Our new study, with the University of New England and University of Auckland, will examine how fish are using farm habitat by monitoring their presence using remote underwater video recording techniques to determine fish species and their numbers in shellfish and kelp aquaculture operations, as well as at control sites located further away from the farms. The fish video observations will be compared with parallel eDNA sampling from farms, to determine whether eDNA can provide a reliable and rapid method of assessing the presence and abundance of fish at aquaculture sites. The research will also explore how fish species are using the aquaculture habitats – whether feeding on the organisms living on the seafloor beneath the farms, or dwelling within the farm structure, mid-water. Some initial monitoring of larval fish recruitment in New Zealand for the project has found similar numbers and species of larval fish arriving into the aquaculture habitats compared with nearby kelp-covered rocky reef habitats.

The role of aquaculture structures for promoting biodiversity of marine invertebrates will also be compared between Maine and New Zealand using identical invertebrate collection devices. It is anticipated that the results will show that aquaculture habitats are making a positive ecological contribution through the generation of biodiversity, as well as secondary productivity – small bite-size animals and larvae that feed larger animals. This is significant, as coastal environments in both Maine and New Zealand have suffered loss of biodiversity, productivity, and abundance of fish species, due to a combination of human activities – including intensive fishing, seabed trawling and dredging, and increased sedimentation from terrestrial sources.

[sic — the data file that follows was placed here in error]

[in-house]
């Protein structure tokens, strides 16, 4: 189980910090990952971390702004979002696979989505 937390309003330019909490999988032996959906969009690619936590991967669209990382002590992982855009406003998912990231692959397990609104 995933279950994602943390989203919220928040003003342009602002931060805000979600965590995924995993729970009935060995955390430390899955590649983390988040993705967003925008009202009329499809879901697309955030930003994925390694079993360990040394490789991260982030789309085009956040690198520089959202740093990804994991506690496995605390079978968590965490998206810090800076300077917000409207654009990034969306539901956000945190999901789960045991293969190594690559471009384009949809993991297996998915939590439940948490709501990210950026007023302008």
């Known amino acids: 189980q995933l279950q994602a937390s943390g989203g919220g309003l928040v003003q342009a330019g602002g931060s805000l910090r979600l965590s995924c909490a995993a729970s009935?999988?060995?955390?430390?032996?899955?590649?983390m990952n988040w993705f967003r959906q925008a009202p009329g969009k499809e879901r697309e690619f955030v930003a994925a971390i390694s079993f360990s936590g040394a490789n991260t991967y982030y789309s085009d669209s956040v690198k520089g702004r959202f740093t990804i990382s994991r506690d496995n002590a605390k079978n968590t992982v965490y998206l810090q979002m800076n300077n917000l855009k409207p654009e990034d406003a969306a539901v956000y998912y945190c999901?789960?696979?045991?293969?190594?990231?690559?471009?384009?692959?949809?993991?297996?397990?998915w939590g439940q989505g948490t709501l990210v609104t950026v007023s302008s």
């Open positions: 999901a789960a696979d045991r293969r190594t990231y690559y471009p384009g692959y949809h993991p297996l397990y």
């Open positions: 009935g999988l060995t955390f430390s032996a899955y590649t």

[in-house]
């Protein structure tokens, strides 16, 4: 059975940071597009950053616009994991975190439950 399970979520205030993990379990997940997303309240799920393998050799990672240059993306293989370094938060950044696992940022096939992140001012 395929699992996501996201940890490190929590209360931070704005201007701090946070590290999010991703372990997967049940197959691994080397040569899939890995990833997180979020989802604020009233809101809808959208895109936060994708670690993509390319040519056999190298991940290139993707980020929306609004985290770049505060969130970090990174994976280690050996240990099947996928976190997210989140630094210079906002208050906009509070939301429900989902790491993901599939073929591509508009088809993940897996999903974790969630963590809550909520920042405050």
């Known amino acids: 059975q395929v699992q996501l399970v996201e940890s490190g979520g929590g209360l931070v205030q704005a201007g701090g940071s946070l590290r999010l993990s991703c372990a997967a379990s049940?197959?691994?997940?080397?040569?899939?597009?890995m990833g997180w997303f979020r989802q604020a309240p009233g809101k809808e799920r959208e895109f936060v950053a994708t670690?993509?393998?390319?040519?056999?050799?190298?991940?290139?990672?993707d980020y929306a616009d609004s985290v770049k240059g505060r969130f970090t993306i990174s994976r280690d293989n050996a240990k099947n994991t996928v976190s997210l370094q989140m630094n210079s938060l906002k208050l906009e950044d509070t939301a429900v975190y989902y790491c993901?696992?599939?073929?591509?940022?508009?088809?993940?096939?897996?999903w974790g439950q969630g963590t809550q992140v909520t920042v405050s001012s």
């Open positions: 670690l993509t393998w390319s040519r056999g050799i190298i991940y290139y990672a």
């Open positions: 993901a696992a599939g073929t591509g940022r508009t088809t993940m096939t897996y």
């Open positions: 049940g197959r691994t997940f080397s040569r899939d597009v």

A white trevally beside a mussel line in northern New Zealand


Our multi-geography study improves the robustness of comparisons between the ecological benefits of aquaculture activities in temperate waters, especially for kelp, which is a significant ecological component of coastal environments in temperate regions of the world. The study also provides a key opportunity for collaboration between two geographies that share ideal environmental conditions for producing seaweed, and are home to emerging seaweed industries. Both the Gulf of Maine and northern New Zealand ranked in the top 25 priority marine ecoregions globally for seaweed and shellfish aquaculture in TNC’s global assessment of priority ecoregions for restorative aquaculture (Theuerkauf et al., 2019). This assessment analysed marine ecoregions by 16 environmental (eg habitat loss), socio-economic (eg governance quality), and human health (eg persistent organic pollutants) factors to rank the highest opportunity areas where restorative aquaculture could benefit ecosystem recovery and economic viability.

By analysing the habitat benefits and impacts of kelp and kelp/mussel co-culture, including during harvest, we hope to provide recommendations on how to optimise the benefits that the aquaculture of low trophic level species can provide, with the overarching goal of informing the sustainable growth of kelp aquaculture in both geographies.

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Series: The Nature of Aquaculture